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Government warns bad bosses will be slapped with jail time

25 Jul 2017 By Hayley Kirton

Stern words act as ‘timely reminder’ for employers to check they are meeting legal requirements

The man tasked with heading the government’s crackdown on rogue employers has today warned he won’t shy away from dishing out harsh punishments, including prison sentences.

In an introductory report, Sir David Metcalf, who was appointed director of labour market enforcement in January, proposed examining measures to better tackle illegal practices – such as underpaying minimum wage or breaking modern slavery laws – and make sure large organisations’ supply chains do not breach labour laws, as well as reviewing the effectiveness of current enforcement practices.

“Tackling labour market abuses is an important priority for the government and I am encouraged that it has committed record funds to cracking down on exploitation,” said Metcalf. “Over the coming months, I will be working with government enforcement agencies and industry bodies to better identify and punish the most serious and repeat offenders taking advantage of vulnerable workers and honest businesses.”

One issue Metcalf is particularly focusing on is the use of labour market enforcement undertakings and orders, which came into force last November and carry a prison sentence of up to two years for serious or repeat offenders.

Margot James, minister in the Department for Business, Energy and Industrial Strategy, said: “While the majority of employers create a fair and safe environment for their workers, there are a small minority of rogue employers that break the law and we will use all enforcement measures at our disposal to crack down on labour market abuses.”

James revealed earlier this month that HMRC had found that 98,150 low-paid workers had been underpaid £10.9m between them in minimum wage shortfalls in the 2016-17 tax year.

“If Metcalf is true to his word, rogue employers that are repeat offenders when it comes to matters such as [the] national minimum wage should tread very carefully and it may simply be a matter of time until the law catches up with them,” Keely Rushmore, senior associate at SA Law, told People Management.

“Conversely, most law-abiding employers should have little to fear as a result of his comments. However, it’s a timely reminder for employers to check their compliance with legal requirements, particularly in relation to the national minimum wage, which is a complex area of law and many employers may unwittingly be in breach of its provisions.”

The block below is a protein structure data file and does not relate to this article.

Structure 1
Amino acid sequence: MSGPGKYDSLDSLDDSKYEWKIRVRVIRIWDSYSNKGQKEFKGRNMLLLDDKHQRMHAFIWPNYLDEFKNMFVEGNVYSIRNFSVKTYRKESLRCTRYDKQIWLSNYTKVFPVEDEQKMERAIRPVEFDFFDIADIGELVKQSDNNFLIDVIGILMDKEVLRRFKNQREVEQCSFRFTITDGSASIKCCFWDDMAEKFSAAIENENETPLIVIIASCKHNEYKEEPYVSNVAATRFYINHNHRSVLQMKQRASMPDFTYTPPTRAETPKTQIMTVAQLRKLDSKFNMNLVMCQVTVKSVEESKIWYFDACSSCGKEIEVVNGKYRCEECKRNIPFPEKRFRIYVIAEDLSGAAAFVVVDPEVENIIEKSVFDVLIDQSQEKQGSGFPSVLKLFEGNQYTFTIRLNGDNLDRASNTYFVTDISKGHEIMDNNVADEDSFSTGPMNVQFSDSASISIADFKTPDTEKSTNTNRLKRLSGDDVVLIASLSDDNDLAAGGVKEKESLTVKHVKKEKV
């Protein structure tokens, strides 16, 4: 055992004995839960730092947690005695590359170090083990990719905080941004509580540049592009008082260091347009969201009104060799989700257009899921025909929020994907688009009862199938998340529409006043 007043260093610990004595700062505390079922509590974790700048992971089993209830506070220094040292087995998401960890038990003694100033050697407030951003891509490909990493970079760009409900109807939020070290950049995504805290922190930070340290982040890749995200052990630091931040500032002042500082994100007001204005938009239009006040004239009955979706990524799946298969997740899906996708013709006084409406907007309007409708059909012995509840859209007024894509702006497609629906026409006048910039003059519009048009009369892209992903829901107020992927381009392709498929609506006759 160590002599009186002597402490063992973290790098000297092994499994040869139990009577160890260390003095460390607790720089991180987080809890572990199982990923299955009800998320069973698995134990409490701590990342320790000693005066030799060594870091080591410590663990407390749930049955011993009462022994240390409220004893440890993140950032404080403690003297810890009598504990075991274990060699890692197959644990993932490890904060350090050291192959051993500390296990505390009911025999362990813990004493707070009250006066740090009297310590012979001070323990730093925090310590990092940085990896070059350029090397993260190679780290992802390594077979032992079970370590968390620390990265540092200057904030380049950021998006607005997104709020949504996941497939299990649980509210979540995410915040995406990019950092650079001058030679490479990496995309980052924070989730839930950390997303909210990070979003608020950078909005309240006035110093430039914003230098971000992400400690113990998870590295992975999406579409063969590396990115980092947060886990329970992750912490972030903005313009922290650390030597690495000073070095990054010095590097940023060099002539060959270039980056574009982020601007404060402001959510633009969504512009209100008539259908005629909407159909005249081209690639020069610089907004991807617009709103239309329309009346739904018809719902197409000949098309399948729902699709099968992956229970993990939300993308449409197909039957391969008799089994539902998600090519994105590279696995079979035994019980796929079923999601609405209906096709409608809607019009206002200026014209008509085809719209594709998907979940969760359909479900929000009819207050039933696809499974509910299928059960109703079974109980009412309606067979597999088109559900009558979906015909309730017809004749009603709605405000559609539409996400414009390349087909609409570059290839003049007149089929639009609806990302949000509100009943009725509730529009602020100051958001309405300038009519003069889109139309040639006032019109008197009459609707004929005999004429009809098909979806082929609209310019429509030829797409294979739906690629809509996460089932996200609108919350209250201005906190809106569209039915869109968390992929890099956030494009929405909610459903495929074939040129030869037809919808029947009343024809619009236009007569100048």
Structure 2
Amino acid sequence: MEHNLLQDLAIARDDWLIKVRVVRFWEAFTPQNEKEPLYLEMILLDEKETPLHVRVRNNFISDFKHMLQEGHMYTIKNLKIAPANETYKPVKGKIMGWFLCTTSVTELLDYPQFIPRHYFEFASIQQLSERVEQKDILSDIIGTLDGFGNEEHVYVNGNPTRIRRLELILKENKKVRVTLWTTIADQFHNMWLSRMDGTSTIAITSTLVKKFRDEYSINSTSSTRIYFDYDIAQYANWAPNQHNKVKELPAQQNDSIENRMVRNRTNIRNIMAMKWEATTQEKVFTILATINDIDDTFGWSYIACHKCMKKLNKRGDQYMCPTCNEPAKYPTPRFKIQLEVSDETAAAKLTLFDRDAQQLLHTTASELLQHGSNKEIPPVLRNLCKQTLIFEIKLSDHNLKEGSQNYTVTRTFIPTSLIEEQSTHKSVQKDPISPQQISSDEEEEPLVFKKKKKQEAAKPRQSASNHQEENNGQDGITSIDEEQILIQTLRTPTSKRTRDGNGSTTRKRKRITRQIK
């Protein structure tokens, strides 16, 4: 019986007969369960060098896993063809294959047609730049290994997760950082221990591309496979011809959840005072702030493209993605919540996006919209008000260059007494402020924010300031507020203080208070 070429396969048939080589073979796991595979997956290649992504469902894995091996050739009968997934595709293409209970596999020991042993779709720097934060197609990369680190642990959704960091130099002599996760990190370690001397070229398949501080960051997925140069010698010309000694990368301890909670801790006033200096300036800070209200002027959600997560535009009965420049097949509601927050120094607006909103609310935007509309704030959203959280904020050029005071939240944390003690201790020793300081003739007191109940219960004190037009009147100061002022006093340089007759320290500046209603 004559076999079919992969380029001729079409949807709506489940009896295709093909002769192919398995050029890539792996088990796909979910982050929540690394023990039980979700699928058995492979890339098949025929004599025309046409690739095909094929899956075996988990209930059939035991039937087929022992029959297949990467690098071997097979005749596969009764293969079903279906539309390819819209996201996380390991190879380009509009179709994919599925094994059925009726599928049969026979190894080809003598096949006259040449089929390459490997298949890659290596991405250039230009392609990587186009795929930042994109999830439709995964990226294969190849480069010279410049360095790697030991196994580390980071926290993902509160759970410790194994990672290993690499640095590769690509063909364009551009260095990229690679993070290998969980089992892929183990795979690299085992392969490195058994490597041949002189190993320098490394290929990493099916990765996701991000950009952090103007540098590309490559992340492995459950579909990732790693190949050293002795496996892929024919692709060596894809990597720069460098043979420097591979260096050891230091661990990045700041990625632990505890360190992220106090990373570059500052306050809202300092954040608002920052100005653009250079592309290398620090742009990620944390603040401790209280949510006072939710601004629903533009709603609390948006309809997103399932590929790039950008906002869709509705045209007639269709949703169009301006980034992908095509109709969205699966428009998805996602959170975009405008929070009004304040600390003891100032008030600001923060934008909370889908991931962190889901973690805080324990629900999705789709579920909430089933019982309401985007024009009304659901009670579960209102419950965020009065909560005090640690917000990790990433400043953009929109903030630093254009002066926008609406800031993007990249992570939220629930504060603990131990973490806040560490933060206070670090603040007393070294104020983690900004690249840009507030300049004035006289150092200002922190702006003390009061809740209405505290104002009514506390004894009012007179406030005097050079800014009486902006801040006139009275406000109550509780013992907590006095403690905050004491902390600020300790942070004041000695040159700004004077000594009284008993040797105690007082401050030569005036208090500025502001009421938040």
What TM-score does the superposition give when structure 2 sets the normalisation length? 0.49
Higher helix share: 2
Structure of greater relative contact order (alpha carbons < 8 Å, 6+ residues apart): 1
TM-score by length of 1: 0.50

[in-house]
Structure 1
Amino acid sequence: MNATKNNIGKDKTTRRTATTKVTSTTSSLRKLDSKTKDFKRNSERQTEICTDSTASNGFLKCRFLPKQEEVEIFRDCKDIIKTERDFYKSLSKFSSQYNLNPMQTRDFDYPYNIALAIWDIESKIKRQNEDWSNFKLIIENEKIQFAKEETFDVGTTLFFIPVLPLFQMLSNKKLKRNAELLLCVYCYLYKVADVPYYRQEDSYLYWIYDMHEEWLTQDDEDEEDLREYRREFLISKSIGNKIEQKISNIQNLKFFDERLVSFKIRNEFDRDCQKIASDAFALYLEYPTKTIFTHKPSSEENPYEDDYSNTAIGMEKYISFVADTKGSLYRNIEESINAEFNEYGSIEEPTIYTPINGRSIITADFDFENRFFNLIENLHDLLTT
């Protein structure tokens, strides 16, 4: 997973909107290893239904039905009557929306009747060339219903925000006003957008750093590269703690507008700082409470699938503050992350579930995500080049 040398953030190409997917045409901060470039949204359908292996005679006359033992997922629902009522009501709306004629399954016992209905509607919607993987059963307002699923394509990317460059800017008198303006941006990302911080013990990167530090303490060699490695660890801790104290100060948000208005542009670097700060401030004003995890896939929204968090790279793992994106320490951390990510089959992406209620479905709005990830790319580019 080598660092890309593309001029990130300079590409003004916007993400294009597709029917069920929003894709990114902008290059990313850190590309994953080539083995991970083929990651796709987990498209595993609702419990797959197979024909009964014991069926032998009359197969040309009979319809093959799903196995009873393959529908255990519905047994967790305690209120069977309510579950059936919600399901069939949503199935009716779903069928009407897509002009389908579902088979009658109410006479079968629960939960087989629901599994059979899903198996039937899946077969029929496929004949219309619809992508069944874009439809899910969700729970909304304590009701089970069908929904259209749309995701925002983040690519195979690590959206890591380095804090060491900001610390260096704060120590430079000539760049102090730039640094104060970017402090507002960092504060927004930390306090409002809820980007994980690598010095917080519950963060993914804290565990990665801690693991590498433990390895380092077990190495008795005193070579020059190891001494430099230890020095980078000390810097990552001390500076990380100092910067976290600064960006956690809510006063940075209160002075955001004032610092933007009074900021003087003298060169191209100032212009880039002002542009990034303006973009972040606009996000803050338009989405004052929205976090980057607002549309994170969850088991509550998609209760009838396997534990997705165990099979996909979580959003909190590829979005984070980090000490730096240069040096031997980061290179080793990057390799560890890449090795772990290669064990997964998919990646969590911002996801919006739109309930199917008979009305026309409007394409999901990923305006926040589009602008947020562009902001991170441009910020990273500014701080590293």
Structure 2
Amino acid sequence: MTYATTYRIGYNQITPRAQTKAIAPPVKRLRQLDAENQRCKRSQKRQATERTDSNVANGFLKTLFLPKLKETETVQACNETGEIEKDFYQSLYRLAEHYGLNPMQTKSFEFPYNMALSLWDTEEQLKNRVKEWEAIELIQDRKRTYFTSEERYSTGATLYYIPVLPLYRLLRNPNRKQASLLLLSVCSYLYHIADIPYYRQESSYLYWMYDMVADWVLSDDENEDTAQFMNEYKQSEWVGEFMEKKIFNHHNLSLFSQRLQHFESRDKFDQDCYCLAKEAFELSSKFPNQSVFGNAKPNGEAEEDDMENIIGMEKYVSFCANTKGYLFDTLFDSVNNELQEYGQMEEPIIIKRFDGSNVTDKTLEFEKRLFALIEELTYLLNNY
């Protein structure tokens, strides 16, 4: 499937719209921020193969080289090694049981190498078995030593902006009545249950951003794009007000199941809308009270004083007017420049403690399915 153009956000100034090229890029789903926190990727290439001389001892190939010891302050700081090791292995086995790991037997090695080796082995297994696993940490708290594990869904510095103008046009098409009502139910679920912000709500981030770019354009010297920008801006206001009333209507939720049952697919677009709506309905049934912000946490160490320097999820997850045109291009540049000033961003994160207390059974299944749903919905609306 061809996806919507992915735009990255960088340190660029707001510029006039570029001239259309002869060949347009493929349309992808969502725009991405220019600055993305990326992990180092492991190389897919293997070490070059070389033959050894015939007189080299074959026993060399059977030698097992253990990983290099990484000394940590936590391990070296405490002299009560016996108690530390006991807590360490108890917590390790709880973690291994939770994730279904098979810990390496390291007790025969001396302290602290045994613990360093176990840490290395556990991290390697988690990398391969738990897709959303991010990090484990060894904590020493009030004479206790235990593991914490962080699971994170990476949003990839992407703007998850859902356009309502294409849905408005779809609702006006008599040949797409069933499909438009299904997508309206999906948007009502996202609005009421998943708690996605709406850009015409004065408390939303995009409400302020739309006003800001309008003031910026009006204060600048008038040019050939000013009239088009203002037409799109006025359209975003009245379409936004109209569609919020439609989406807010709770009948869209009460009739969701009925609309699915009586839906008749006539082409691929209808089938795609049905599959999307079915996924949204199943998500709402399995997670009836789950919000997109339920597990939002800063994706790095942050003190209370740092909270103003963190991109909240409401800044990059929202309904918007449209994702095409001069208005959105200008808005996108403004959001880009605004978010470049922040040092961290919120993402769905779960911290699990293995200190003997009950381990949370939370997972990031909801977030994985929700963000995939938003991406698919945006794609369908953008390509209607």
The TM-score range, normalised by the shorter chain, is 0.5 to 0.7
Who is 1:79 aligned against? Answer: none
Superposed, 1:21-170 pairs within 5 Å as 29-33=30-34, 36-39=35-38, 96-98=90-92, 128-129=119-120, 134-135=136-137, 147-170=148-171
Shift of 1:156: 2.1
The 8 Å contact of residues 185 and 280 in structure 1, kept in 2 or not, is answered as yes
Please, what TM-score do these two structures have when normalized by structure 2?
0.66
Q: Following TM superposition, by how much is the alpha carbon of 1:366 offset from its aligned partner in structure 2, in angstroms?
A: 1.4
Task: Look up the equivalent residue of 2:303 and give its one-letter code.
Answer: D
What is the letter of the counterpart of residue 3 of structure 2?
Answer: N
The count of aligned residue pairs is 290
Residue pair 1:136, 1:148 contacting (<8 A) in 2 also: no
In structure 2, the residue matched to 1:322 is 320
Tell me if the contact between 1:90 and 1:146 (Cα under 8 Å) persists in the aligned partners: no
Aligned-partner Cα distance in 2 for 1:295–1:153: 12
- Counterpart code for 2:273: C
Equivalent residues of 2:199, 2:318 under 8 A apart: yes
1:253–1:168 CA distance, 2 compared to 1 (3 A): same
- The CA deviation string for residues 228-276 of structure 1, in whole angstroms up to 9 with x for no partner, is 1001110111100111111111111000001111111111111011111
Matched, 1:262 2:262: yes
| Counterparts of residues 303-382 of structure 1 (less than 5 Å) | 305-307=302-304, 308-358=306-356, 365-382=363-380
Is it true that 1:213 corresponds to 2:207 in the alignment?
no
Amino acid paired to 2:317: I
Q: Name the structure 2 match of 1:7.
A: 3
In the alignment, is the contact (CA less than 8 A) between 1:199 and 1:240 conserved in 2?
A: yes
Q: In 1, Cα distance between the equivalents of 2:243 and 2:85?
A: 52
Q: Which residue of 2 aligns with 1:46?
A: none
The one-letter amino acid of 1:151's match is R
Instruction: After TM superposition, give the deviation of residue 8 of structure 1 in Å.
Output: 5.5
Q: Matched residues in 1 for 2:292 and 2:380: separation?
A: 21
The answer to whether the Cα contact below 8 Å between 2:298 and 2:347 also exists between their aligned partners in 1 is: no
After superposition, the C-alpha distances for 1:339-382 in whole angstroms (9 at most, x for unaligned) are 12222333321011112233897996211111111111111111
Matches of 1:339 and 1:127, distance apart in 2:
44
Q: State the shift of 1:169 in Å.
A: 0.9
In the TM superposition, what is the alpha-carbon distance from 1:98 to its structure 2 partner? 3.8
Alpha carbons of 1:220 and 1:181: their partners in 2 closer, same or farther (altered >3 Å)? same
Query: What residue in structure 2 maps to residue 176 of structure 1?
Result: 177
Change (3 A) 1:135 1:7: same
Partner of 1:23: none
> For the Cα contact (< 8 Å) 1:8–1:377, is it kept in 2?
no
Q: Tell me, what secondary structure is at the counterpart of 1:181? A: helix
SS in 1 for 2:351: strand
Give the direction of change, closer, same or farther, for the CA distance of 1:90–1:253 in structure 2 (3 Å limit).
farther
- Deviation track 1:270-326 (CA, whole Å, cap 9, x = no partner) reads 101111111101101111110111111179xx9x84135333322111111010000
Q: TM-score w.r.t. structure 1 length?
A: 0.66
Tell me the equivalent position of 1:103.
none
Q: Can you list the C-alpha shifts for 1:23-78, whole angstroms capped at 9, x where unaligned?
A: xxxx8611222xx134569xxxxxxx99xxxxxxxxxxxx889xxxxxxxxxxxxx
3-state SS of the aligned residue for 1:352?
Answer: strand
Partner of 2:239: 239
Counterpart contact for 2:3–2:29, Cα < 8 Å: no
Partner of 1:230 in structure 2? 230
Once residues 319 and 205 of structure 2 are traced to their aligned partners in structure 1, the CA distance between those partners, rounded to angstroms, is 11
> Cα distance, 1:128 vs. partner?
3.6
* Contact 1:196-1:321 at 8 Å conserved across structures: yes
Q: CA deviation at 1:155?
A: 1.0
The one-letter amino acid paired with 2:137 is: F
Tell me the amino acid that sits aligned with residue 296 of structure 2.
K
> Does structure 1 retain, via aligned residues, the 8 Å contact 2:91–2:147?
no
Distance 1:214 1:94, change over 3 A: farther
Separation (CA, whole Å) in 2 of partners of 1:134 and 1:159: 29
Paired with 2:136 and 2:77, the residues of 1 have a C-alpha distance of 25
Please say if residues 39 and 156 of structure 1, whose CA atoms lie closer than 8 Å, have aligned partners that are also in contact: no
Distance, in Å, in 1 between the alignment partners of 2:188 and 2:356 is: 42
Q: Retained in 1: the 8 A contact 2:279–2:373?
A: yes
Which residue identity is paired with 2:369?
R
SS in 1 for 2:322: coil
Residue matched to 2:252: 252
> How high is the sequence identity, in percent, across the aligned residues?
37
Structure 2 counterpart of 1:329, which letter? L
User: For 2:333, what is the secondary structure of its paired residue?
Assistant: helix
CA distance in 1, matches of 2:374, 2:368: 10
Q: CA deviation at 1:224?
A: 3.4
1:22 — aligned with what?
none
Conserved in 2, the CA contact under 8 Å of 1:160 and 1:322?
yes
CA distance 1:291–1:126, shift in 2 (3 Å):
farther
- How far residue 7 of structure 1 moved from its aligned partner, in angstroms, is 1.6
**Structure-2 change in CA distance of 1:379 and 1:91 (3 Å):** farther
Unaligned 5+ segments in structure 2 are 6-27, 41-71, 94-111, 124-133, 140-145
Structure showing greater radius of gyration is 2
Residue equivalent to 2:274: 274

Meanwhile, the Presidents of the Employment Tribunals recently launched a consultation into increases in the Vento bands – the tiers of compensation an employer could be required to pay if they lose a tribunal involving injury to an employee’s feelings.

The bands, which have not been formally adjusted for eight years, currently stand at:

  • £600 to £6,000 for the least serious cases;
  • £6,000 to £18,000 for middle-tier cases; and
  • £18,000 to £30,000 for the most serious cases.

However, the consultation is discussing raising the bands in line with the retail price index to:

  • £1,000 to £8,000 for the least serious cases;
  • £8,000 to £25,000 for middle-tier cases; and
  • £25,000 to £42,000 for the most serious cases.

Calling the review of the awards “overdue”, Rushmore said: “It is imperative that injury to feelings awards are set at a level that truly reflects the hurt and upset caused by discrimination, but at the same time it brings into sharp focus the fact that employers facing discrimination claims are at risk of being the subject of a significant injury to feelings award.”

Both Metcalf’s warning and the Vento band review come shortly after Matthew Taylor published his review into modern working practices, which contained numerous suggestions to boost the UK’s quality of work and improve the tribunal system. The government is currently reviewing the report and will issue a detailed response later this year.

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